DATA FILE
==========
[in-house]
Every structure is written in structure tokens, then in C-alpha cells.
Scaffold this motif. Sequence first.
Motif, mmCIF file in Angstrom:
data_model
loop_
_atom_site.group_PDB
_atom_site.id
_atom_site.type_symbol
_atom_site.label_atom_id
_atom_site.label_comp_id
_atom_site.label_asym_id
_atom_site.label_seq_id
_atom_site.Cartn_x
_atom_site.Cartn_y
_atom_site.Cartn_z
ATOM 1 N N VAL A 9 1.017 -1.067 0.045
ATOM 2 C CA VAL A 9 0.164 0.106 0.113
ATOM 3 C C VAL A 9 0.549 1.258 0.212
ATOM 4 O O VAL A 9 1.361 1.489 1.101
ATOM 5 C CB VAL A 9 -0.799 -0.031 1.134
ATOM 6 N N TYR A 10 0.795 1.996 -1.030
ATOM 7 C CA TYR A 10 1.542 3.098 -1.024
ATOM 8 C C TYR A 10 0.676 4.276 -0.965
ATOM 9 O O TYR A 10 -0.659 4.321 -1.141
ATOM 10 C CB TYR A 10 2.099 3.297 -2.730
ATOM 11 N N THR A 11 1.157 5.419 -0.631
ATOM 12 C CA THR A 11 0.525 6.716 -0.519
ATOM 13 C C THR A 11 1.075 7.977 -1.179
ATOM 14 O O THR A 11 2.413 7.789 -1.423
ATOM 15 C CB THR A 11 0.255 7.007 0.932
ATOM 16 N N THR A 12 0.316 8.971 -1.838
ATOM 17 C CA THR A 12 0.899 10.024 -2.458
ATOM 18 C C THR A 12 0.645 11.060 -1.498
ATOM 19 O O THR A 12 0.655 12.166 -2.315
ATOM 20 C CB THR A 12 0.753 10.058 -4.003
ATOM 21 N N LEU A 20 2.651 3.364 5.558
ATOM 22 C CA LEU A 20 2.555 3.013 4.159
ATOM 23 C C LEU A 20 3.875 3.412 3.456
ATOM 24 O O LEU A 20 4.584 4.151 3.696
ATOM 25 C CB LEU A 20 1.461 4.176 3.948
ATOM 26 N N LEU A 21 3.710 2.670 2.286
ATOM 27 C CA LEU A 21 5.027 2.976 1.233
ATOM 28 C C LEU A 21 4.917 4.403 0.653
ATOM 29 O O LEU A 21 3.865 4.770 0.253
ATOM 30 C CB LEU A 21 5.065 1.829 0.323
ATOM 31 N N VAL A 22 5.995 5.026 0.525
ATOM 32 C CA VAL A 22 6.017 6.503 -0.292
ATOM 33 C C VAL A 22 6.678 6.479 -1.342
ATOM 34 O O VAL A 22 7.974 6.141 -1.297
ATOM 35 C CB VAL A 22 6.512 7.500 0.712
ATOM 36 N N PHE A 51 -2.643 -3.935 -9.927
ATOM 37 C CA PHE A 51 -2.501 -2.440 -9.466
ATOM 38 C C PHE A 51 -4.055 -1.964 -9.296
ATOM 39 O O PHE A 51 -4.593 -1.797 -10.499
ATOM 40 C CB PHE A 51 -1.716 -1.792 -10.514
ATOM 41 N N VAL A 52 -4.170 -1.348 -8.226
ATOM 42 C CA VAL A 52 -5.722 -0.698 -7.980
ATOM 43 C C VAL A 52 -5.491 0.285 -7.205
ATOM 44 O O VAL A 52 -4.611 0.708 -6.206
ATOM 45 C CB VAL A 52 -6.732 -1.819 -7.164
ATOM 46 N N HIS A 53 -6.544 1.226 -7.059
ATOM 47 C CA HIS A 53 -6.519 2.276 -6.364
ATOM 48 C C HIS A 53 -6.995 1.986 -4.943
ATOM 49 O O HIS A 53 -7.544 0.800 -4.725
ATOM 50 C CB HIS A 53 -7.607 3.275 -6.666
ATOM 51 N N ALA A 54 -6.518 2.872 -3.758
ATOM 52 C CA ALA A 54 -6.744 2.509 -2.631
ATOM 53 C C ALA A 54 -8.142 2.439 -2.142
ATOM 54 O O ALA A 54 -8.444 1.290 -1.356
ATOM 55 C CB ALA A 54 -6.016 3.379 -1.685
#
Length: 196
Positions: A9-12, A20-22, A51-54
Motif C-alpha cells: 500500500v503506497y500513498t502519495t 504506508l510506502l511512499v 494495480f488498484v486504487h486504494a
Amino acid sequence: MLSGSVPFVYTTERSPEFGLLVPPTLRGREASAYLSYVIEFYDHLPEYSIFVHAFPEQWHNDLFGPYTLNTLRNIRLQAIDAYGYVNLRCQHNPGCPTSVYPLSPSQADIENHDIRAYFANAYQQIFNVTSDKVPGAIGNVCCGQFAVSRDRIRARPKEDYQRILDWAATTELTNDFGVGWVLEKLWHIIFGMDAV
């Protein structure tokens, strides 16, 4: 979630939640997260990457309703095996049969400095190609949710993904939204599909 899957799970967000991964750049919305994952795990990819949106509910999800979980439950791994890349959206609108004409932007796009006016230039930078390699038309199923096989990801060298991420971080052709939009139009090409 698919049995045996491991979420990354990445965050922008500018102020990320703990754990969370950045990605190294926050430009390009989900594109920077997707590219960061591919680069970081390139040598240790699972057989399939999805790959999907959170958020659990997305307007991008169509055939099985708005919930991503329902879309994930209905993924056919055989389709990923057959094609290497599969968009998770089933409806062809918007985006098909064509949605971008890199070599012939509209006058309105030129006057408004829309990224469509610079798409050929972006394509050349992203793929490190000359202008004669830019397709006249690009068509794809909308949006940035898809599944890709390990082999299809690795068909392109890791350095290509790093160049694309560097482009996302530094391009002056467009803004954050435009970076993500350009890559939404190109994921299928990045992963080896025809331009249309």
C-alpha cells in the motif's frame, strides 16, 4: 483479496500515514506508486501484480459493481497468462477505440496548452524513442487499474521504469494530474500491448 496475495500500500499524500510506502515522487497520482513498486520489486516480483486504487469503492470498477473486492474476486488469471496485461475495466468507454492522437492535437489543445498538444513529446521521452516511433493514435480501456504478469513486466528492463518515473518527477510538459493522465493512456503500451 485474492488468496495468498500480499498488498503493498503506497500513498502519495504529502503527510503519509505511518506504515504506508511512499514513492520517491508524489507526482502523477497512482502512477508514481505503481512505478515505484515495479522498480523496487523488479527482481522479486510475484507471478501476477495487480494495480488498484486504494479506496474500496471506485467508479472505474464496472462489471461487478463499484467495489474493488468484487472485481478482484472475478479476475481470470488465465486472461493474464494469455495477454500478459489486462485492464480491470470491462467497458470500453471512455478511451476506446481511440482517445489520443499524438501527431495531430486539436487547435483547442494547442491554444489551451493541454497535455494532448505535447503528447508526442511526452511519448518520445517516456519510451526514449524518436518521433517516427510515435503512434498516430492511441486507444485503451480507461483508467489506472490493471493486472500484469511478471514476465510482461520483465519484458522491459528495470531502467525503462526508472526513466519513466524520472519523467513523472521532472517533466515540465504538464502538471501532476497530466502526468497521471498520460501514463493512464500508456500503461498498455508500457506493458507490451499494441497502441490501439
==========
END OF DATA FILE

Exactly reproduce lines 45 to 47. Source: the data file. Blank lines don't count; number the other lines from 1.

ATOM 29 O O LEU A 21 3.865 4.770 0.253
ATOM 30 C CB LEU A 21 5.065 1.829 0.323
ATOM 31 N N VAL A 22 5.995 5.026 0.525